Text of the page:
The Avenues stand at the center of York County’s universe
(Editor’s note: These brief items are representative of topics discussed in the Retro York Facebook Group, facebook.com/groups/retroyork.)
With the recent news that UPMC Memorial Hospital will open this summer in West Manchester Township, patients know where to head for care.
But where have Memorial’s patients gone before?
Many people know that Memorial has been at its Spring Garden Township campus near Interstate 83 since 1962.
Some might even remember the hospital’s site before that when it operated as West Side Osteopathic Hospital on West Market Street next to the York Expo Center.
But relatively few know Dr. Edmund Meisenhelder opened the earliest forerunner to Memorial Hospital in 1913 – in the Avenues.
Yes, a hospital in that tree-lined area – so named because its streets are mostly labeled “avenues” – that grew up around the trolley lines.
The informative booklet “Northwest York” indicates that the earliest locations of what later became West Side Sanitarium had 301 and 303 N. Hartley St. addresses. The first patient, Estelle Spangler, lived on North Hartley.
The hospital immediately grew, and an annex opened at 720 Roosevelt Ave. in 1914.
The annex was believed to have been relocated to houses opposite the original site, 308-310 North Hartley.
After World War I, the hospital moved to West Market Street.
The booklet expresses pride about the accomplished people and iconic institutions that came from the Avenues.
And that pride is still there.
Here’s another product of the Avenues that might surprise you.
The Out Door Country Club opened at 645 Madison Avenue in 1892.
It apparently was so named because it emphasized tennis, croquet, bicycling and hiking. It moved to the former location of the Country Club of York – now York College – in 1926 and to its current Manchester Township location in 1959.
Venerable church learns about one-room schools
Earlier this month, I presented about one-room schools at Good Shepherd Lutheran Church, as a wonderful stained glass window loomed in the background.
Members told me that it was transported from Good Shepherd’s former building at Salem Avenue and South Hartley Street in York when the congregation moved to its 2121 Roosevelt Avenue campus about 20 years ago.
Veteran members think it was made in Germany, and noted York artist J. Horace Rudy’s studio later re-leaded and cleaned it.
The Good Shepherd congregation formed in 1922 in the former Epworth Methodist Church building in York’s West End, according to Charles Glatfelter’s “York County Lutherans.”
The senior group I spoke to was really welcoming, engaged with the one-room school topic and was justifiably proud of that intricately made window.
Freedom Center works on exhibits
The William C. Goodridge Freedom Center has enhanced candle power, well, improved lighting, in its dirt cellar where the center’s namesake hid freedom seekers as part of the Underground Railroad before the Civil War.
It gives a better view particularly in daylight, although visitors no doubt understand that enslaved people hidden down there would have experienced cave-like darkness.
And no steps.
Over the years, the Goodridge Center has added exhibits: a pre-Civil War daguerreotype/photo studio, for example.
You can spend 90 minutes in this museum and still not take in everything.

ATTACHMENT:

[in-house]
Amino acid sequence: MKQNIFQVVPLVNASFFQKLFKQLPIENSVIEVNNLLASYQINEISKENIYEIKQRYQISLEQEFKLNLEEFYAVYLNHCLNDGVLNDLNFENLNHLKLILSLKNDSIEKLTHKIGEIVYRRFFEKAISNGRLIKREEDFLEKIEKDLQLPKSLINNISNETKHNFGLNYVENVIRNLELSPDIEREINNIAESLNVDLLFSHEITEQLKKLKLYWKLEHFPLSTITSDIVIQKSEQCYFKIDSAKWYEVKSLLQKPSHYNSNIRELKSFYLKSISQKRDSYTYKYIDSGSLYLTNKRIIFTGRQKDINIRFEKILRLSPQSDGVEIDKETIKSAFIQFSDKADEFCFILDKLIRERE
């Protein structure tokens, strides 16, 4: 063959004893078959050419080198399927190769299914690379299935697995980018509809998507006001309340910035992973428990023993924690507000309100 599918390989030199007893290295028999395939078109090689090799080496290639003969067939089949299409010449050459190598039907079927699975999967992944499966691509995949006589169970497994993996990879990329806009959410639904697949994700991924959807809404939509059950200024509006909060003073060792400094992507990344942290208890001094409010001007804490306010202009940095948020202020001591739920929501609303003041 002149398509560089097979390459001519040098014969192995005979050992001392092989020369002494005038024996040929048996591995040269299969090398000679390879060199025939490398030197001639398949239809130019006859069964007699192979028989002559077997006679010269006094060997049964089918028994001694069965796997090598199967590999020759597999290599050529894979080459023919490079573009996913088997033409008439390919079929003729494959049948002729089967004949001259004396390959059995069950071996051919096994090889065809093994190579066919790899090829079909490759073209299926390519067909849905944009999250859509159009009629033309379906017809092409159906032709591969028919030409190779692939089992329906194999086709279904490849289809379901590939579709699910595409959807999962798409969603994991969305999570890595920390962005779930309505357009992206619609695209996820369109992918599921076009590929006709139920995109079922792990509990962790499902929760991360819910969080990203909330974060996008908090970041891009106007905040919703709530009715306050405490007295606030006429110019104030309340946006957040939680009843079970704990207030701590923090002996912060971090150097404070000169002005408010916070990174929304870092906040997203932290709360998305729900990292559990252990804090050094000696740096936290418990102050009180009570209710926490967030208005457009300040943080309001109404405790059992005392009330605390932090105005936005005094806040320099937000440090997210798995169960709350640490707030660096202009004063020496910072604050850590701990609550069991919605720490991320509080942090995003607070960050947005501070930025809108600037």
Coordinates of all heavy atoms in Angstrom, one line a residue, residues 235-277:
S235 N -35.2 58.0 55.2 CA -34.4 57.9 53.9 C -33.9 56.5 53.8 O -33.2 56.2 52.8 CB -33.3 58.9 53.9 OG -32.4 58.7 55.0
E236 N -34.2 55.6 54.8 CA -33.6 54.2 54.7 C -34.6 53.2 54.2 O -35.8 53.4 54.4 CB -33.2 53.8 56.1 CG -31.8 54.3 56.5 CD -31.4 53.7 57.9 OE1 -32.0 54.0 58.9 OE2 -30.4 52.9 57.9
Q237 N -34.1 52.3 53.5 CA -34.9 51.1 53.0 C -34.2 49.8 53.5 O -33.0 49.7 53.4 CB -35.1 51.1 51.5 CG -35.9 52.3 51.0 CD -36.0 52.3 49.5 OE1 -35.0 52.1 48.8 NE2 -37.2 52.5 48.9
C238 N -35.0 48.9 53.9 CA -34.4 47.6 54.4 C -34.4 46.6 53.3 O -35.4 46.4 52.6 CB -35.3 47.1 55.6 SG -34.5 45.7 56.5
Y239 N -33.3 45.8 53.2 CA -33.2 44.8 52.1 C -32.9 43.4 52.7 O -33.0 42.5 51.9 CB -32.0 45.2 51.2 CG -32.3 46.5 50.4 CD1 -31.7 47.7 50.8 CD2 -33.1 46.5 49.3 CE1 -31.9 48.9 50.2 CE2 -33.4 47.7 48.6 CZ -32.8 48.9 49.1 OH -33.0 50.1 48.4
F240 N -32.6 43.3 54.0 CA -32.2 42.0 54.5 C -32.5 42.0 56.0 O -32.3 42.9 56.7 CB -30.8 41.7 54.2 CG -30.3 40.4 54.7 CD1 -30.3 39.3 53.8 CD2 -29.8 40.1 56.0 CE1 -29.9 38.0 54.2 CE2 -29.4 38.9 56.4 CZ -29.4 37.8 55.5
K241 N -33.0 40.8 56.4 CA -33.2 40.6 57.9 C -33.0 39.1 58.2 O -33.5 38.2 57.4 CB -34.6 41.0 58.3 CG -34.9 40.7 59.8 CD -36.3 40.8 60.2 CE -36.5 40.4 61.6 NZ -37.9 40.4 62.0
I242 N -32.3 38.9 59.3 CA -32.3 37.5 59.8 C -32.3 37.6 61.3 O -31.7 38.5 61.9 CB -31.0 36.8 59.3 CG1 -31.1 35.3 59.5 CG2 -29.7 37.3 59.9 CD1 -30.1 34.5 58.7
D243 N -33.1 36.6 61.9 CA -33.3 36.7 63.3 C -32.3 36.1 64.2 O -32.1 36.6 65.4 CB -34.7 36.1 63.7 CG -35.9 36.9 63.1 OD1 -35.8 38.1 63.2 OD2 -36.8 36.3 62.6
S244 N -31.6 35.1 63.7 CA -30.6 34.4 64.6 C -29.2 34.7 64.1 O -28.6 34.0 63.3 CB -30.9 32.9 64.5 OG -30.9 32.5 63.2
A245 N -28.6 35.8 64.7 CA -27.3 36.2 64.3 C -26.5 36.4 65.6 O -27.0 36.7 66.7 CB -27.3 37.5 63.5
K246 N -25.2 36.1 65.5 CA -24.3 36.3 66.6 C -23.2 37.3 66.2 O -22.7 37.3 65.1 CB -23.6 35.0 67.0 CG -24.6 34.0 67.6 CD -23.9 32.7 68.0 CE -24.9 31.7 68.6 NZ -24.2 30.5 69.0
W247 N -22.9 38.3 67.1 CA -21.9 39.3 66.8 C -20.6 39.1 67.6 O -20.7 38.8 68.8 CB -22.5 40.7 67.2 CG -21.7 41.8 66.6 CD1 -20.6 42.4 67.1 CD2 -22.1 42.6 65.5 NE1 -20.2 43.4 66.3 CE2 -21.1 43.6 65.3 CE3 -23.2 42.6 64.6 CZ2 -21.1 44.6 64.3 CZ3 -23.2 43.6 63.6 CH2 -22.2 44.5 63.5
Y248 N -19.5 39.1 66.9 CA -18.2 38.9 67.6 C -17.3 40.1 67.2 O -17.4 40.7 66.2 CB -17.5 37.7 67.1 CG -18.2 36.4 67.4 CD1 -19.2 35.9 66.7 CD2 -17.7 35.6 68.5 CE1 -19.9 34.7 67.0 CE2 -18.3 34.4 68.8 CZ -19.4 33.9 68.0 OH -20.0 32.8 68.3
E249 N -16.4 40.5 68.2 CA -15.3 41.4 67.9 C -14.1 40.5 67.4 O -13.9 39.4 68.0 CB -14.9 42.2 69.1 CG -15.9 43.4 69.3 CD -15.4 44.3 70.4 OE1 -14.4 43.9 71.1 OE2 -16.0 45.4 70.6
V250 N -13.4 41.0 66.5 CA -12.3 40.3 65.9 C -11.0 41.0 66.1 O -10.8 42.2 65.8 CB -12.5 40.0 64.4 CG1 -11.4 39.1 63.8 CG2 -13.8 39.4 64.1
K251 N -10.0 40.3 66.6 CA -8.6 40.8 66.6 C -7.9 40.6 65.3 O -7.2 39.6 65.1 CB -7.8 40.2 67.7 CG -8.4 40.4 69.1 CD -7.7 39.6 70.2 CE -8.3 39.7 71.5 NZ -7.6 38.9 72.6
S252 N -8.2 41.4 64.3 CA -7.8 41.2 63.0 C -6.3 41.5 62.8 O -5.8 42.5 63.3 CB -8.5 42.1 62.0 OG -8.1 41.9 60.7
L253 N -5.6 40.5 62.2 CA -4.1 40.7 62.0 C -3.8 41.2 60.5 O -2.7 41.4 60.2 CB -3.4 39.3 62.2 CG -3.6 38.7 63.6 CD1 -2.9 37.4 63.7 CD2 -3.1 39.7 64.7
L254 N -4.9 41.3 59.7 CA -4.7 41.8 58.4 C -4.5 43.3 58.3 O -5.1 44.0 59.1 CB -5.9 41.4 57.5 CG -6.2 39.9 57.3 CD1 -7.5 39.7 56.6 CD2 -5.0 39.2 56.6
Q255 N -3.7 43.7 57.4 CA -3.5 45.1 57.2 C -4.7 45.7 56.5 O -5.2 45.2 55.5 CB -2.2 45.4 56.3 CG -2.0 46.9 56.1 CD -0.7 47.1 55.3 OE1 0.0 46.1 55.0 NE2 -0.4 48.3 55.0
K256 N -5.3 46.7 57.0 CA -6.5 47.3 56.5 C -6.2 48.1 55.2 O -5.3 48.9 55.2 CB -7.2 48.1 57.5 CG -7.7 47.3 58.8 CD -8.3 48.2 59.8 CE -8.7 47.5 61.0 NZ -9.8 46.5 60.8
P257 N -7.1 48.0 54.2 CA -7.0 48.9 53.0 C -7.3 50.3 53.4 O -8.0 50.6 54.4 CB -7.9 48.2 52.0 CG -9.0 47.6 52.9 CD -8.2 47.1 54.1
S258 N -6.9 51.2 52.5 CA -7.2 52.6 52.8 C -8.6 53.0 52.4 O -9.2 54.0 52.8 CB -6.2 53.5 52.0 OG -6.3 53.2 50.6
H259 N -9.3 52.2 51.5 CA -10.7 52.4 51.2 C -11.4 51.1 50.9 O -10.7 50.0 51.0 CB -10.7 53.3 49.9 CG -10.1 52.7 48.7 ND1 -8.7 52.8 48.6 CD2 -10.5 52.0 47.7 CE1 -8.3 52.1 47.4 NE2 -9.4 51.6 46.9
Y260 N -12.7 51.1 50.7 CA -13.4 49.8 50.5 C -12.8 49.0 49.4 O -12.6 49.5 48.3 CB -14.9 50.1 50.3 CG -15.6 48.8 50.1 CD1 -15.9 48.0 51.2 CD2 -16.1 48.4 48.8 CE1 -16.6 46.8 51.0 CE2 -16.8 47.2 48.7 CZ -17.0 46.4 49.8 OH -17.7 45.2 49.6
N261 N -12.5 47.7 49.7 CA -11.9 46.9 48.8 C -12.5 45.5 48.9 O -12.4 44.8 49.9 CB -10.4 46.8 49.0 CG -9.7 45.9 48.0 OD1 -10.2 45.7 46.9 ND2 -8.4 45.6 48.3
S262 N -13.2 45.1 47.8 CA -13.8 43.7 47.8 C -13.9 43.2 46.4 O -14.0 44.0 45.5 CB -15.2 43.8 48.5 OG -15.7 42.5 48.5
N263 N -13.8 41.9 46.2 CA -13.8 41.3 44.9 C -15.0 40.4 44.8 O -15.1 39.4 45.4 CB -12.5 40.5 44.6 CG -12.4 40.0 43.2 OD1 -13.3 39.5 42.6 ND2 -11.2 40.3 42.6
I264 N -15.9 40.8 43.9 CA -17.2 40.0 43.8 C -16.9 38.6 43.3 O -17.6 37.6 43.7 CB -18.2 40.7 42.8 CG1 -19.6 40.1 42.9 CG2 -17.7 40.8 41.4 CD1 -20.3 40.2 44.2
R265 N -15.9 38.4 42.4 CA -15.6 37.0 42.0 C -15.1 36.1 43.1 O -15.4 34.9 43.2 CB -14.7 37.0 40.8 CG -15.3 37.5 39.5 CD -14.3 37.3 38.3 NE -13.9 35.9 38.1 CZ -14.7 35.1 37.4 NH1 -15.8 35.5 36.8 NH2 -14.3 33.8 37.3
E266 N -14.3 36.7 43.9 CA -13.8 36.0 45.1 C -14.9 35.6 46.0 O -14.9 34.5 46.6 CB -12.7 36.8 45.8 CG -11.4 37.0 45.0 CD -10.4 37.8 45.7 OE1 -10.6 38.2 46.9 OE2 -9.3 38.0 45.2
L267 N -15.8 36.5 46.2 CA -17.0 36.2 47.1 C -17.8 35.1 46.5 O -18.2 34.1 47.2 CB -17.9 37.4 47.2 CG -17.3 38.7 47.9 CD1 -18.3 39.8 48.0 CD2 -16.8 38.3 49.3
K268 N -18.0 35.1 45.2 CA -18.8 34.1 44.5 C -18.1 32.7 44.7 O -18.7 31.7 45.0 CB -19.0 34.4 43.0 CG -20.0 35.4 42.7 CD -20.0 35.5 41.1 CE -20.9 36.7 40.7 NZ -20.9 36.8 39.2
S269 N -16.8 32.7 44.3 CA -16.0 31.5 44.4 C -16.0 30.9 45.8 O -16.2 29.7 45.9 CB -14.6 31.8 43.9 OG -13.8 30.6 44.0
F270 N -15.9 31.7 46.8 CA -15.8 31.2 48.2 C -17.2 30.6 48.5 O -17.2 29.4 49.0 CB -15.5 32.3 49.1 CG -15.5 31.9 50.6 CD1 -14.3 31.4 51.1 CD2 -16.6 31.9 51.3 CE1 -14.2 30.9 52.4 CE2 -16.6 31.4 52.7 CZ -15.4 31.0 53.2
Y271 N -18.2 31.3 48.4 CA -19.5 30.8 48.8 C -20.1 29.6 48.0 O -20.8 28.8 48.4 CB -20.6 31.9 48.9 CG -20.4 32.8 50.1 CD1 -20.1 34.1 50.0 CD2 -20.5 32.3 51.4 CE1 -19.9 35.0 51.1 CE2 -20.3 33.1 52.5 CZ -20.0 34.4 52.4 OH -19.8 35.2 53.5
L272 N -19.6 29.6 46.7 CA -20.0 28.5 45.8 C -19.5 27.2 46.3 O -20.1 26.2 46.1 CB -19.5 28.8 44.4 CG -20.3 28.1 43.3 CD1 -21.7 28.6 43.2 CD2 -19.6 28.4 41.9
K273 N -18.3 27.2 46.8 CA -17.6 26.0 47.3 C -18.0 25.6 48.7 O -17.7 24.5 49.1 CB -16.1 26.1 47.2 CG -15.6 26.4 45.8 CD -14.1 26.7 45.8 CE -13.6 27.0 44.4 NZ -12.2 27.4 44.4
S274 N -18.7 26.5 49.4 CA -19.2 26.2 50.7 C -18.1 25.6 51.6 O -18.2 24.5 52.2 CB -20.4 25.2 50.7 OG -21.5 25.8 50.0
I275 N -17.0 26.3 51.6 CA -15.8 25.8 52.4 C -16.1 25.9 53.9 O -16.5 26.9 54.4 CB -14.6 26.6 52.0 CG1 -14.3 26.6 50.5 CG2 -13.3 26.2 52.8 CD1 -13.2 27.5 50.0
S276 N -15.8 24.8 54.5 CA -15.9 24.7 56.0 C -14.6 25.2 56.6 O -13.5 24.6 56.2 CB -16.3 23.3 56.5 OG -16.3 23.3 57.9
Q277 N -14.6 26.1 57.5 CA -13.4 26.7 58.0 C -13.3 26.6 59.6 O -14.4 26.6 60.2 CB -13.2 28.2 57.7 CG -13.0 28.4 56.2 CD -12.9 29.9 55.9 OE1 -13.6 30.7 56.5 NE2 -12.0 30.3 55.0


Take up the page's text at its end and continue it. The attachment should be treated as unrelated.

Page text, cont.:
Police, community partnership
The York community recently experienced a moment to compare and contrast.
The public, law enforcement members and other partners in the Group Violence Initiative met at the Appell Center, Crispus Attucks and Shiloh Baptist Church to review the three-year-old program targeting those who spark the vast majority of gun violence. Those are gangs and other groups.
It’s a positive benchmark that police and the community are engaged in such partnerships in a moment that marks the 50th anniversary of the York race riots.
Those revolts were catalyzed by a police department and mayor whose words and practices discriminated against the black community.
Civil War history for young and old
It follows that when young people and, actually, those of all ages get to know their local and national history, they more deeply appreciate their own community.
Author Scott Mingus views the Civil War as a leverage point for young people to engage with history, particularly through the use of miniatures. He draws on his own experience in learning about the war through these toy army men, with maps of battlefields and colorful scenery.
This interest continued as an adult, and it’s become multigenerational in his family.
So Scott and his grandson, Tristan, have teamed up to write a book on miniature wargaming: “Gettysburg in Miniature: A Battle Overview Illustrated With Model Soldiers and Dioramas,” available via Amazon.
Scott Mingus wrote in a recent blog post about about engaging youngsters with history:
“We hope this new book will appeal to junior high and high school students, giving them a sweeping overview of the Gettysburg Campaign and the battle as they enjoy the 200+ black-and-white photos of miniatures. It is our small attempt to introduce Gettysburg to a new generation and keep the interest in the Civil War alive.”
Upcoming history presentation
Jamie Kinsley and I jointly moderate the quarterly York County Writers Round Table meeting in June. Writers’ Round Table is a group of writers, researchers and other members of the public with an interest in York County and regional history.
Heather S. Tennies, director of Archival Services at Lancaster.org, will tell about some of connections between Lancaster and York counties at the next meeting at 7 p.m., June 6, at the York County History Center, 250 E. Market St. York.
She also will discuss the holdings at this major historical organization in Lancaster County. The event is free and open to the public.